A Glaswegian dining institution that has proudly championed the best of Scottish produce since it opened in the Merchant City in 1979.
Little changed since opening in 1979, Café Gandolfi is an important piece of Glasgow culinary heritage. Along with the Chip, it was a pioneer of modern, creative Scottish cooking based on excellent local and seasonal ingredients, and has kept the faith ever since. Hand-dived scallops from Barra are a fixture, and other regulars include venison from Rannoch Moor, peat-smoked salmon and Finnan haddie. Gentle nods to the wider world might include a hot pastrami sandwich or a Thai curry and there’s always a few pasta dishes on offer, but the bulk of the menu remains distinctly Caledonian. Chef Andrew Manson has a deft touch, crisping the skin on a snow-white piece of hake till it’s as appetising as pork crackling, serving it with a tart orange emulsion, or simply baking tiny apples to serve with Stornoway white pudding, cousin to the better-known black. The original hand-hewn oak furniture still feels stylish and a little Bohemian, the wine list is a thing of beauty, and service is impeccable. The only unwelcome change over the years is a rise in price, making what used to be a great drop-in bistro more of a big-night-out restaurant.
A Glasgow institution beloved by city workers and weekend shoppers, Gandolfi very much sticks to the principle of 'if it ain't broke …' when it comes to both its décor and its menu. The heavy carved oak benches, chairs and tables around the cosy bar and the old photos of the city haven't changed for years. And regulars would be disappointed if staples like haggis, neeps and tatties, Gandolfi's macaroni cheese or scallops were dropped for trendier dishes. Light meals and starters include piquant Arbroath smokies, perfectly balancing the strong flavour with light tomato, cream and parmesan sauce, topped with pieces if toast, or a hearty chickpea daal with onions and pitta bread for dipping. There's a good choice of pastas, but a chicken kiev dish disappoints with a glutinous texture and soggy spinach. However, there's not much to fault in the peat smoked salmon from the Summer Isles, simply presented with bread, lemon and salad to let its subtle taste linger. A dessert of fondant cake more resembles a chunky brownie but is accompanied by their high quality ice cream. Overall, a classy experience with a timeless air.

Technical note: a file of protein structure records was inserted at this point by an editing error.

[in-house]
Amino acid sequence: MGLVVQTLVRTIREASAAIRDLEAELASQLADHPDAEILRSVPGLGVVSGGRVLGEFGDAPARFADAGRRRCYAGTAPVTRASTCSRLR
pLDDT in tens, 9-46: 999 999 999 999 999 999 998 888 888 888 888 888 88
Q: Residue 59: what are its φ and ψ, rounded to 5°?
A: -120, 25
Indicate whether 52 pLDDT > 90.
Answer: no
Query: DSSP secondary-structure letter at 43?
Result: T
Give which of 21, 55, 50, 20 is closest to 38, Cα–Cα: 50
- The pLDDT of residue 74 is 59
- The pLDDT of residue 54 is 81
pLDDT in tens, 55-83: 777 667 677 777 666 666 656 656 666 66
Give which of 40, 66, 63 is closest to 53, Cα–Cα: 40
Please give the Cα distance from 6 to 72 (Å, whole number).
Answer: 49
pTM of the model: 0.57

Few can claim to be Glasgow foodies without having sampled the wares of Cafe Gandolfi – for over 30 years this bohemian restaurant has been at the front of Glasgow's culinary revolution. Inside is dark and rustic – deep mahogany-coloured tables and a scattering of exceptionally high backed chairs line the wood-panelled walls, while the moody lighting adds to the arty feel. The Scottish-driven menu has seen little change over the years with staples such as Cullen skink, haggis, neeps and tatties or the infamous Stornoway black pudding – mild yet full of flavour served with buttery mushrooms and a couple of thick, slightly sweet home-made pancakes. Marsala and rosemary braised chicken is a cracker from the handful of specials on offer – a large moist chicken breast, wrapped in quality prosciutto and served with rich, creamy pecorino pea sauce, crisp little roast potatoes punch even more flavour into the dish. Open from 9am every day, they also do a great breakfast till noon covering the usual favourites with a few tantalising surprises. The classic full option features a delicious Macleod and Macleod pork and Stornoway black pudding sausage, while the pudding itself features heavily throughout – in an eggs Benedict or with pancakes and mushrooms. There's also the rare Stornoway white pudding, served with onions, apple and Cumberland sauce, not forgetting eggs almost any way you can dream of, including eggs en cocotte (baked) with ham and cheese.
Text supplied by third party.
- Provides: Gluten-free options, Children's portions, Children's high chairs, Wheelchair access, Free wi-fi
- Music on stereo: nothing
- Capacity: 70
- Largest group: 35
- Open since: 1979
- Number of wines sold by the glass: 30
- House wine: £18.50 per bottle
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